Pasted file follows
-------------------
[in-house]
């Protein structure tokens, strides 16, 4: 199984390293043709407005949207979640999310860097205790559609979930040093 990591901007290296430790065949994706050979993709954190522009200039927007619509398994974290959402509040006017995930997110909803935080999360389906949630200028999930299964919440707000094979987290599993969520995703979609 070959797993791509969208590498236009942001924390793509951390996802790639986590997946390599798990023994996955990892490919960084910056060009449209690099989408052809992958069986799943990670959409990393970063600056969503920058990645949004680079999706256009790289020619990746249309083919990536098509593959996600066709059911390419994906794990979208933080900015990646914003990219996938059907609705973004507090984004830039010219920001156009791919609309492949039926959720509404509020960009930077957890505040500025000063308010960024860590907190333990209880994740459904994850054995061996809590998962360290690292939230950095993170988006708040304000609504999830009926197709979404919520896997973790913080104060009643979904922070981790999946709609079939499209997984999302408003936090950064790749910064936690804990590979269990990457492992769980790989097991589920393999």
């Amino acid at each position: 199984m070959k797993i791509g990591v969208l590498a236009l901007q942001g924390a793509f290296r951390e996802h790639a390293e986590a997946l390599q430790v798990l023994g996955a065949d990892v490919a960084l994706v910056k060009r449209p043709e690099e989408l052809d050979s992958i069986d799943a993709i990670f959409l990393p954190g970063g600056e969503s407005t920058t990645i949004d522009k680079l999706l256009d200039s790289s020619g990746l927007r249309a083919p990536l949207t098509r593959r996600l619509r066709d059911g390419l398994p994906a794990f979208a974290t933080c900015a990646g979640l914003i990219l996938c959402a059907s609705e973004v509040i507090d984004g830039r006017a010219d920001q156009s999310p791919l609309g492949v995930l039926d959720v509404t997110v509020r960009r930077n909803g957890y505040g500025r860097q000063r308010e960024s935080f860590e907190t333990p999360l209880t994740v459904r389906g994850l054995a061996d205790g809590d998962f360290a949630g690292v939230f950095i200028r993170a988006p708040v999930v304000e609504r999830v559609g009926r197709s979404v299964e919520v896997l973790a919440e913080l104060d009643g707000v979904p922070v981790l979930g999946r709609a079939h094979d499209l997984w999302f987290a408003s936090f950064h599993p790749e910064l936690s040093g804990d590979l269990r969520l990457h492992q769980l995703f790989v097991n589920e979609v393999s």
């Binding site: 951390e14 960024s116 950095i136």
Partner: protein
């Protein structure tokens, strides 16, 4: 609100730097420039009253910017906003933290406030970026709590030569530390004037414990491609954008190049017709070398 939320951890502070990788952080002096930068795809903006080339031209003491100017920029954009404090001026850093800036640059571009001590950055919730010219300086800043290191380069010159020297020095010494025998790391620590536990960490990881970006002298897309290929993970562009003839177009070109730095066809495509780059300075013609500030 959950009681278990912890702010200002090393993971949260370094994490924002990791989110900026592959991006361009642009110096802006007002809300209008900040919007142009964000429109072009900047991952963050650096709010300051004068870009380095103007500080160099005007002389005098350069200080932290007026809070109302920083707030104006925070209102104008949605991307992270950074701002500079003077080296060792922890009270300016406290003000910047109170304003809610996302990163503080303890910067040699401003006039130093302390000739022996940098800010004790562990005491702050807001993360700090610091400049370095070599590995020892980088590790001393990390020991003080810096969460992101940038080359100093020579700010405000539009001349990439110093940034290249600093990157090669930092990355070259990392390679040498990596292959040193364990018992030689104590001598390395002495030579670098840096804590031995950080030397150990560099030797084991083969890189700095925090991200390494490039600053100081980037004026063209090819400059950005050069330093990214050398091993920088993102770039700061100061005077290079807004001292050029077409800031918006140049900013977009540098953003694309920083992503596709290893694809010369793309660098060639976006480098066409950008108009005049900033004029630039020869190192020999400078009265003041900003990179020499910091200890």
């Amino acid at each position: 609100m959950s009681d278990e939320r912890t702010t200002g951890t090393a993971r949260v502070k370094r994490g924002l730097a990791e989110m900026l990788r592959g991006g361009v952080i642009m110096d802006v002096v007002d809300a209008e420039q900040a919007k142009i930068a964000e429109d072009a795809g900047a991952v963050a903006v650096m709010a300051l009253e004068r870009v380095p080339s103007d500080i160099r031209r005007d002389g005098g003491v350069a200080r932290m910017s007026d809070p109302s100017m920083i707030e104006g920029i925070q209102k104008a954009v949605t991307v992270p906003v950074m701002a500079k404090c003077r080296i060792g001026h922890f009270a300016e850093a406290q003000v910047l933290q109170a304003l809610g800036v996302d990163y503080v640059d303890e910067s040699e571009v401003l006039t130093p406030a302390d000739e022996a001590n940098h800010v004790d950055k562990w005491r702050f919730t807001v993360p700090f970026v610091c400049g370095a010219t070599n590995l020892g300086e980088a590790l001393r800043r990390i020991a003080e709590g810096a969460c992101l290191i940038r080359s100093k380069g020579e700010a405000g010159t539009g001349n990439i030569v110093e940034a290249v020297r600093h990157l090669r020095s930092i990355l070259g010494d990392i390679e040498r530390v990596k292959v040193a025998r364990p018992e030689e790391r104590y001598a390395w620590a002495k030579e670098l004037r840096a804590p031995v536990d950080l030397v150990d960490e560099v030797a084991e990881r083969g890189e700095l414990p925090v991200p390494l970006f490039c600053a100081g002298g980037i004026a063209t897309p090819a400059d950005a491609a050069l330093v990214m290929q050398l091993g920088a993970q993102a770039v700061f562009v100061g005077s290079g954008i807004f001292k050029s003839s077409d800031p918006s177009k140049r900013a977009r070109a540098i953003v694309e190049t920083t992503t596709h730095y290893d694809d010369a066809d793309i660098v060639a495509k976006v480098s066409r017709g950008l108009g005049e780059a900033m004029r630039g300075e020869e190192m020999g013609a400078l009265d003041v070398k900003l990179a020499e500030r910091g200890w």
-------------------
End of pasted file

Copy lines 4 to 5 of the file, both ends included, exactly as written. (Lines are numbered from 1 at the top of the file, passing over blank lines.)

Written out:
């Binding site: 951390e14 960024s116 950095i136």
Partner: protein